Next generation behind family offices’ ESG push
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In 2017 when Josh Tanenbaum joined the Polonsky Foundation, his stepfather’s namesake family office, he wanted to diversify its portfolio to include more investments that made a positive social impact.
Unlike most family offices, the Polonsky Foundation is purely philanthropic — its investment returns do not go into family pockets but fund projects supporting the arts, humanities and cultural heritage. But while its outcomes are for the greater good, the social good that could be achieved through the investments themselves is not an active consideration.
Mr Tanenbaum, who had always been inspired by the human rights activism shown by his parents (his father died seven weeks before he was born), set up his own impact venture capital business in 2016. The firm, Clearstone, invests in tech start-ups that aid social mobility, and Mr Tanenbaum was keen to bring similar investments to the Foundation.
“Typically the next generation takes one of two routes, which is fight or flight,” the 28-year-old says.
In the next few decades, trillions of dollars are expected to be transferred between generations in the US alone, placing wealth in the control of millennials, who are leading the charge for impact investments as well as those that meet environmental, social and governance (ESG) criteria.
But while a 2019 survey by financial services group Allianz found that 64 per cent of millennials are likely to make investment decisions based on societal problems that are important to them, Swiss bank UBS warned in its 2020 global family office report that “the move towards sustainable investing [encompassing both ESG and impact investing] should not be overstated”.
The UBS report, which surveyed 121 of the world’s largest single family offices worth an average $1.6bn each, found that while almost two-thirds of families regard sustainable investing as important for their legacies, it was “unclear whether good intentions will turn into reality”.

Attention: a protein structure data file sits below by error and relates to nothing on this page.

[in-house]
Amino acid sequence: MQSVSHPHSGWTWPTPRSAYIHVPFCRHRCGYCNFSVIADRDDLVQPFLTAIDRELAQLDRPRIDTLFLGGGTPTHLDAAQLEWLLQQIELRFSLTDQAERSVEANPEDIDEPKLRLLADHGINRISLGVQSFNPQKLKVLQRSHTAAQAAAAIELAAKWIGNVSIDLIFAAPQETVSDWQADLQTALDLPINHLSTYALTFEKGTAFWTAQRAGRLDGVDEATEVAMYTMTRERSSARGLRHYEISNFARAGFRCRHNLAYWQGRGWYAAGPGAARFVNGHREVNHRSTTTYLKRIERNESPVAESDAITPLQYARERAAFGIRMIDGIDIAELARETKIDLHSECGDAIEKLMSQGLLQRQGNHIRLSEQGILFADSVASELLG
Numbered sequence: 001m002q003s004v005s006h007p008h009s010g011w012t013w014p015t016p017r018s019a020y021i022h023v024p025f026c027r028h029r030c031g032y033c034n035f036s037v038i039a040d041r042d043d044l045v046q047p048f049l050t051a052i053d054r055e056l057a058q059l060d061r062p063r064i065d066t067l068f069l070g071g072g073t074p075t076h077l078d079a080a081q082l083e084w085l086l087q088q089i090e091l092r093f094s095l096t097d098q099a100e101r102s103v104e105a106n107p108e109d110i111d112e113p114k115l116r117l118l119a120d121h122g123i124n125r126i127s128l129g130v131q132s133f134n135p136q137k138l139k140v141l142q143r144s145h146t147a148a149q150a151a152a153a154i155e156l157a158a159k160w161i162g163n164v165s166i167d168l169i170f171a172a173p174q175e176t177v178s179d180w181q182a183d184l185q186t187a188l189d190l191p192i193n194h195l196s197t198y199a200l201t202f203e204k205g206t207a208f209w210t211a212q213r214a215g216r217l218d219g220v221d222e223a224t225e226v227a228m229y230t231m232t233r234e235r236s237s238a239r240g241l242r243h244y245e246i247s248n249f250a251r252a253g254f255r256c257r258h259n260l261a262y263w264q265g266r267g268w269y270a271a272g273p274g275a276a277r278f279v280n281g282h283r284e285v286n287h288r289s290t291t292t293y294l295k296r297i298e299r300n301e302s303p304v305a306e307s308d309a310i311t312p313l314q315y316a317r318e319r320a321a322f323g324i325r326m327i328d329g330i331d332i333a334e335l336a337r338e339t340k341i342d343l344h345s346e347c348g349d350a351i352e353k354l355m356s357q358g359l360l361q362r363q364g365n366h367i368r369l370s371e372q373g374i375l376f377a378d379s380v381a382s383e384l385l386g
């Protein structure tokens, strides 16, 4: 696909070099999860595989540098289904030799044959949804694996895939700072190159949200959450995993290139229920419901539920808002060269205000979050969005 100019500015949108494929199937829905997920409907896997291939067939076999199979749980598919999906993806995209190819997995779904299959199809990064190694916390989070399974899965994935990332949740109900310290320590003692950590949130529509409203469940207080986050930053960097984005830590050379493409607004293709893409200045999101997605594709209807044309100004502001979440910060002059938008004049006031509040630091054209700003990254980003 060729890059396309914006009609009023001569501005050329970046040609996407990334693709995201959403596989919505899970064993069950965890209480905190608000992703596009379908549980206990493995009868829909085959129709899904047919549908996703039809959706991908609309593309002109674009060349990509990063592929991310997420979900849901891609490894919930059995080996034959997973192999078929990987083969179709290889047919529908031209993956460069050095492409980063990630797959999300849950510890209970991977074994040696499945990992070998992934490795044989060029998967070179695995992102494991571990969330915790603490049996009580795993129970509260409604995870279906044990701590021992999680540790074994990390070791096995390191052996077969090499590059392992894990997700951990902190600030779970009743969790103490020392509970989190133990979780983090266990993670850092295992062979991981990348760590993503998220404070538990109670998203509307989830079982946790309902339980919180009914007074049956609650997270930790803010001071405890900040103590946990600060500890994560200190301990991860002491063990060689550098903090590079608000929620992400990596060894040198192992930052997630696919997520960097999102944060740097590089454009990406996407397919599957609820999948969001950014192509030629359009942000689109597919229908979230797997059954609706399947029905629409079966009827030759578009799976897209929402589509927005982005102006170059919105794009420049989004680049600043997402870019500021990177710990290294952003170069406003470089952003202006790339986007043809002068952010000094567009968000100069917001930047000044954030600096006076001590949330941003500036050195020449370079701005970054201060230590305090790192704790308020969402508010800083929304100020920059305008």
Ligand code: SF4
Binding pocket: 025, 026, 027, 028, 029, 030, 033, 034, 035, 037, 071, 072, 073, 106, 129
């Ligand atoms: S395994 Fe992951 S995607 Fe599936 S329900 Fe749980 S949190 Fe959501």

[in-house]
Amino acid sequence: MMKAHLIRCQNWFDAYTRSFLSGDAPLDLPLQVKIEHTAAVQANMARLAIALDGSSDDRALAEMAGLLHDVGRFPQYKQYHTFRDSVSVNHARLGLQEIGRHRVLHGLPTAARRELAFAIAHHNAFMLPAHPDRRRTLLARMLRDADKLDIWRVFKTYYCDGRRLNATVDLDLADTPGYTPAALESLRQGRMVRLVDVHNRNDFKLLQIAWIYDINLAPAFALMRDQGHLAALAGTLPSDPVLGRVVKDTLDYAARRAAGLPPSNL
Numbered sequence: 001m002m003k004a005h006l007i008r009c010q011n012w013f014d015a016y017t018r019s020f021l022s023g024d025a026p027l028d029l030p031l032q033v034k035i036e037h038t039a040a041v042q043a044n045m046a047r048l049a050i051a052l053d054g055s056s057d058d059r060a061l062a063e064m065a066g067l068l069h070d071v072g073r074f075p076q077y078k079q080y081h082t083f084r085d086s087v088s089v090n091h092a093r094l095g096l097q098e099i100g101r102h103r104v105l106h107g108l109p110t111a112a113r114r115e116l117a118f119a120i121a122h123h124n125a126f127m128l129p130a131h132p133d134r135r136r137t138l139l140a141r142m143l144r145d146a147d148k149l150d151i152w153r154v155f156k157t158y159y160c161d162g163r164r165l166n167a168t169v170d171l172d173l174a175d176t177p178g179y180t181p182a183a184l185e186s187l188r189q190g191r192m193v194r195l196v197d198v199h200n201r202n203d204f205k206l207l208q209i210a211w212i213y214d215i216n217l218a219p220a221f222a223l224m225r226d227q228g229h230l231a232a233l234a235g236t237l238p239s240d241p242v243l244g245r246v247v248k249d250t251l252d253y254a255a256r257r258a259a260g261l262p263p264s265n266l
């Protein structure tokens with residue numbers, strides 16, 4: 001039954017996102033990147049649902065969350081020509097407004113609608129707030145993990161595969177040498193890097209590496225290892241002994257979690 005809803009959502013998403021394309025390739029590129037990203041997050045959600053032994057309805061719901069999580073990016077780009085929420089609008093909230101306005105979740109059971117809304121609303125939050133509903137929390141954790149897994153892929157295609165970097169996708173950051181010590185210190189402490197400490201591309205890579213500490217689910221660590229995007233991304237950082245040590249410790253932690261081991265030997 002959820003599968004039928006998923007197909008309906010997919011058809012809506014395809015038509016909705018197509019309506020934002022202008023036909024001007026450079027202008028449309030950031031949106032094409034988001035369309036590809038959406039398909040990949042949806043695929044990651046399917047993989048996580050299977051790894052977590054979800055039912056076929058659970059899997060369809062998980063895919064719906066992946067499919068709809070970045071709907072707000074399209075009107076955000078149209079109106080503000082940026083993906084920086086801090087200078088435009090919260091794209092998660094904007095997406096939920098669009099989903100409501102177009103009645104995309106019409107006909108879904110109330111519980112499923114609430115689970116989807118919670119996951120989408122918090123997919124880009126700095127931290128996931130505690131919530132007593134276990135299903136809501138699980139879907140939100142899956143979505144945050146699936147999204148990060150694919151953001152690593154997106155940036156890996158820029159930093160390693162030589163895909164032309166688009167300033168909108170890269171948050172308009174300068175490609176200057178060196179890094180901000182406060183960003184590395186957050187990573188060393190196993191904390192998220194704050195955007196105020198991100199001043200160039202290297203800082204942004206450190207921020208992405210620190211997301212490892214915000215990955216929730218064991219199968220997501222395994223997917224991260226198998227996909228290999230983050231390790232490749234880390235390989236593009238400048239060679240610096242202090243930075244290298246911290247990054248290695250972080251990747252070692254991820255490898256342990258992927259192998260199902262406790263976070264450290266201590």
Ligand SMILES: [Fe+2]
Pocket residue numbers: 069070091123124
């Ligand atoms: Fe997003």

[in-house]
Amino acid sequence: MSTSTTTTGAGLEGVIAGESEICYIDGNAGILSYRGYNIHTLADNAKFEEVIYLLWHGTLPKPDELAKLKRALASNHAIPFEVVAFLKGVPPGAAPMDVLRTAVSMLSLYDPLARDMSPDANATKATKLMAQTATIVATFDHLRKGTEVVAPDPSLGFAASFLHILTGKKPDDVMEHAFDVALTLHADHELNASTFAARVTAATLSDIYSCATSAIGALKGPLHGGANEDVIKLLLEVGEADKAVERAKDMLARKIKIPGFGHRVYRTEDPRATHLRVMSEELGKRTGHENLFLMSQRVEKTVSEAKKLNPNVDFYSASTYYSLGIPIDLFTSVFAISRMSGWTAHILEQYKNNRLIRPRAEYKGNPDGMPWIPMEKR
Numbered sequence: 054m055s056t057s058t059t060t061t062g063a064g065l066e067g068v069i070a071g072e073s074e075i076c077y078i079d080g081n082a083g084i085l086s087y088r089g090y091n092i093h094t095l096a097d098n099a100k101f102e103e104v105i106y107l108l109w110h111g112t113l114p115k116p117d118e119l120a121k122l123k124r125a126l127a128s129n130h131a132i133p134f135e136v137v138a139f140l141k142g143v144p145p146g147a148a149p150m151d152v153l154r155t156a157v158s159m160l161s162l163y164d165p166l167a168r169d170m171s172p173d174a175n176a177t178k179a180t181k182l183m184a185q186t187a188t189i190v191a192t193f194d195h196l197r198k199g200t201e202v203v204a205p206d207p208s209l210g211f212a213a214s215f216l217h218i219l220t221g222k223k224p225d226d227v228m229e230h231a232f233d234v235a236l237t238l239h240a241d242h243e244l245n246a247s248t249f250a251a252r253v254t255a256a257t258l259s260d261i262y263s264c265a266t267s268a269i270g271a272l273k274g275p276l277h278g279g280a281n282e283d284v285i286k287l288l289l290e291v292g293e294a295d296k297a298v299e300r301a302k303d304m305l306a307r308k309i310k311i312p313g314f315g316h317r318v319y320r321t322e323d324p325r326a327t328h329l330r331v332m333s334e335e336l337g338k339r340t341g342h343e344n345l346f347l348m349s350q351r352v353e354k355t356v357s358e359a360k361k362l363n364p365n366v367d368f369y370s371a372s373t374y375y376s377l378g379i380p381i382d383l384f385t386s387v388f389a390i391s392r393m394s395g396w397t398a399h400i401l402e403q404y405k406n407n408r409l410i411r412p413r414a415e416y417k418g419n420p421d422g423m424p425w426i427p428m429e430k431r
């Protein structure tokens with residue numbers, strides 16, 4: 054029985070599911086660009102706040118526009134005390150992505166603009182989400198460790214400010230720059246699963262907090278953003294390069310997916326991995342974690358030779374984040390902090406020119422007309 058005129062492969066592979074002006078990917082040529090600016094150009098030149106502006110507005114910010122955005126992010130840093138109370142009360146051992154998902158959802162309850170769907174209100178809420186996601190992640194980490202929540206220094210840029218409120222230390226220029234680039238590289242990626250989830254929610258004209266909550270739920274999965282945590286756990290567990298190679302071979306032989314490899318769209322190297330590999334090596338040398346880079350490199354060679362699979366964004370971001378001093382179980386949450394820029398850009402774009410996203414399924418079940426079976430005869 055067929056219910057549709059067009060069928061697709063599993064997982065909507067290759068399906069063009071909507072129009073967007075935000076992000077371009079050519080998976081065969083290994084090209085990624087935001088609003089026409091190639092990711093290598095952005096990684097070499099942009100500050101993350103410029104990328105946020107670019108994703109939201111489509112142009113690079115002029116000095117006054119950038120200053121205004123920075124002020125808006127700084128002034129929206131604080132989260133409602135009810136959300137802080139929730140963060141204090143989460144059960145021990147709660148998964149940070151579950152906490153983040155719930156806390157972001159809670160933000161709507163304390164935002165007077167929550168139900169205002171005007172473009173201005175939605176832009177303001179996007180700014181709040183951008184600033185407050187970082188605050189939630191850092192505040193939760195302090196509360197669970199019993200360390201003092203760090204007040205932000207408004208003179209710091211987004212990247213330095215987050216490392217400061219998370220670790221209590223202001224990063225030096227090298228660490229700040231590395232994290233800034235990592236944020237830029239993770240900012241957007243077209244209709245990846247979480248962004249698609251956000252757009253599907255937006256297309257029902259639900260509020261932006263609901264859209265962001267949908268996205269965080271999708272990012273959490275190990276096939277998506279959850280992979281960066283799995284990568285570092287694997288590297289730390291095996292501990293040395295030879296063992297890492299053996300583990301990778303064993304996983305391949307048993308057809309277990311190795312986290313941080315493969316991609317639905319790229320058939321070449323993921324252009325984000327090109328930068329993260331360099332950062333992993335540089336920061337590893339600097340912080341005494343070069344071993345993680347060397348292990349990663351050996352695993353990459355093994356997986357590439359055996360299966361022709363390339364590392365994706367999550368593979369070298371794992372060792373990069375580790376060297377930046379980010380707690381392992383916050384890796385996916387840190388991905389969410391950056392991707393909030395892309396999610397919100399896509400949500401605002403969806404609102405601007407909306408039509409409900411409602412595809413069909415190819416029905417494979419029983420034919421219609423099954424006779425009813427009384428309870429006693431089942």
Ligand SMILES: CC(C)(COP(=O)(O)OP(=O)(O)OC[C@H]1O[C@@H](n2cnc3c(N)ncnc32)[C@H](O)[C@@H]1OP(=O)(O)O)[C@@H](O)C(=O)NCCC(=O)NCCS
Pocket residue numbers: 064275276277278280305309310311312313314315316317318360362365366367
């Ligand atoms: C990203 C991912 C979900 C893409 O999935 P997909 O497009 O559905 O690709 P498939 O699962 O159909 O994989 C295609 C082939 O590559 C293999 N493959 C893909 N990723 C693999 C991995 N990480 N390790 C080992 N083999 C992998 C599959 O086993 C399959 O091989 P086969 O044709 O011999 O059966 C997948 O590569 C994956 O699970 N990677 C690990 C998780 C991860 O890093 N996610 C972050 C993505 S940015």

“There’s a lot of hype,” says Eugenia Koh, head of sustainable investing at Standard Chartered Bank. “[Impact and ESG investing] has not really reached a tipping point yet. It might have from an institutional perspective, but from a private wealth or family office perspective it’s still growing momentum.”
Mr Tanenbaum says recognising this reality has been vital in his approach at the Foundation, where he presents impact investments as key to strengthening the portfolio's diversification, as well as delivering solid financial returns.
“We still have a way to go to turn folks into believers, so it’s still a finance-first argument at this juncture,” he says. “If you start the conversation with a finance argument you can kind of leave the Trojan horse to work for itself.”
Jessica Hodges, head of family office audit and assurance at Deloitte UK, says this argument is used by many next gen pushing ESG investments in their family offices, as there is growing evidence that such funds outperform their peers. In 2019, nine of the biggest ESG mutual funds in the US outperformed the S&P 500. Ms Hodges says that while she has clients on “both sides of the spectrum” in their attitude towards ESG investing, they are “definitely still primarily focused on profit-making”.
“I’ve got families who will say all the right things, and then they get a really good investment opportunity and it doesn’t meet all of their potential ESG requirements, but because . . . they haven’t got to report to anyone, they’ll do it anyway,” she says.
Exclusionary policies, where families reject investments that do not meet their values, are an alternative to the active selection of ESG funds or impact investment projects, which aim to produce a measurable social or environmental impact alongside a financial return.
For example, a family office that wants to limit global warming might choose to exclude from its portfolio any company that derives more than 50 per cent of its revenue from carbon-intensive coal — an easier option than finding a company with specific goals to increase the development of sustainable energy.
According to the UBS 2020 global family office report, 39 per cent of family offices intend their portfolios to be sustainable in five years’ time, but mainly through exclusionary policies.
For those with an active approach, there is demand for specialist investment advisers. “Young people are asking ‘who is our wealth adviser and what are their capabilities?’ So now you have this tension with wealth advisers who are desperate to find products that are suitable,” Mr Tanenbaum says.
Ms Hodges adds: “Often there will be a very old, trusted adviser, a friend often very close to the patriarch. But you now might see them bringing in a younger ‘next-gen’ adviser.”